Users name pockets for organization. Common use cases are real estate, home improvement, and financial service pockets.
PitchCards are also easy to share with others. Receivers don’t need to have a Pitch59 account to receive a pitch. To share a PithCard, simply swipe up or tap share on the card to send it out via email, text, or any social media platform. All pitch cards also have a QR code, allowing people to scan your code and immediately save it as a contact in their phones or share it with someone else.
Pitch59 also has a chat function, and users can chat with people straight from their pitch card on the app.
The company now has partnerships with BYU, UVU, BYU Idaho, BYU Hawaii, soon to be BYU Pathways, USC’s Accounting program, and George Fox University. These universities encourage their students to create resume pitch cards.
“Schools already have students prepare a resume, create a LinkedIn profile, and practice their elevator pitches,” says Bitton. “Pitch59 is the tool that brings all of it together in a simple networking card they can share with everybody and let everybody share for them too.”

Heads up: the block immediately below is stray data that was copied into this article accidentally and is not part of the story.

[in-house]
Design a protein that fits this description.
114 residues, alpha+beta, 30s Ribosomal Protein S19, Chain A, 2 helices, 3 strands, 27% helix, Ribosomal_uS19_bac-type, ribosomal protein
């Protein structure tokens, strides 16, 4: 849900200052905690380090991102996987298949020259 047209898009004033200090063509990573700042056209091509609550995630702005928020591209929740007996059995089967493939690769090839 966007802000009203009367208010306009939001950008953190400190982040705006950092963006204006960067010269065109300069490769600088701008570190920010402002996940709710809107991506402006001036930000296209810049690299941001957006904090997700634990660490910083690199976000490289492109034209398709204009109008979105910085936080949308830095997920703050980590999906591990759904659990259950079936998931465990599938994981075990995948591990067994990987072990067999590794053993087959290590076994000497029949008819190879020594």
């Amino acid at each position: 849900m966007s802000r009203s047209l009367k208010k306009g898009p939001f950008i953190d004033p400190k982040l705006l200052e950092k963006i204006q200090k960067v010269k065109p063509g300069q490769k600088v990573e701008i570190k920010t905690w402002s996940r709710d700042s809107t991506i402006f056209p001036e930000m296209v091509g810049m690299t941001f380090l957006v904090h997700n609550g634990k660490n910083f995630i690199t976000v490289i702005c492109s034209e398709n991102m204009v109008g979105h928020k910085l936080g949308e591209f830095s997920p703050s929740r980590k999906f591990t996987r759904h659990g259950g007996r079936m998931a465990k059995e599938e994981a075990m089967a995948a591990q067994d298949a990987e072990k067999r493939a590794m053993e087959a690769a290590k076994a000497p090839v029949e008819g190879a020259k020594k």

Pricing for Pitch59 is divided into two categories, business and job seeking. Job seeking, resume cards are free. Business related cards cost $15 per month per card. These are cards that pitch a business, job, or offer specific services.
The platform currently has more than 500 companies or individuals with business pitch cards, more than 200 job pitch cards, and more than 900 job seeking pitch cards.
Pitch59 mostly works remote, but has offices in the RevRoad building in Provo, as they recently partnered with RevRoad as a portfolio company in April. The company has 9 employees working in Utah, Arizona, California, Alaska, and Texas.
The team is raising $250K in an angel round and received almost $1M from friends and family before launching in April 2022. Bitton says he hopes the company will be ready to raise a seed round eventually, and plans to focus on growing revenue, hopefully doubling revenue in August 2022.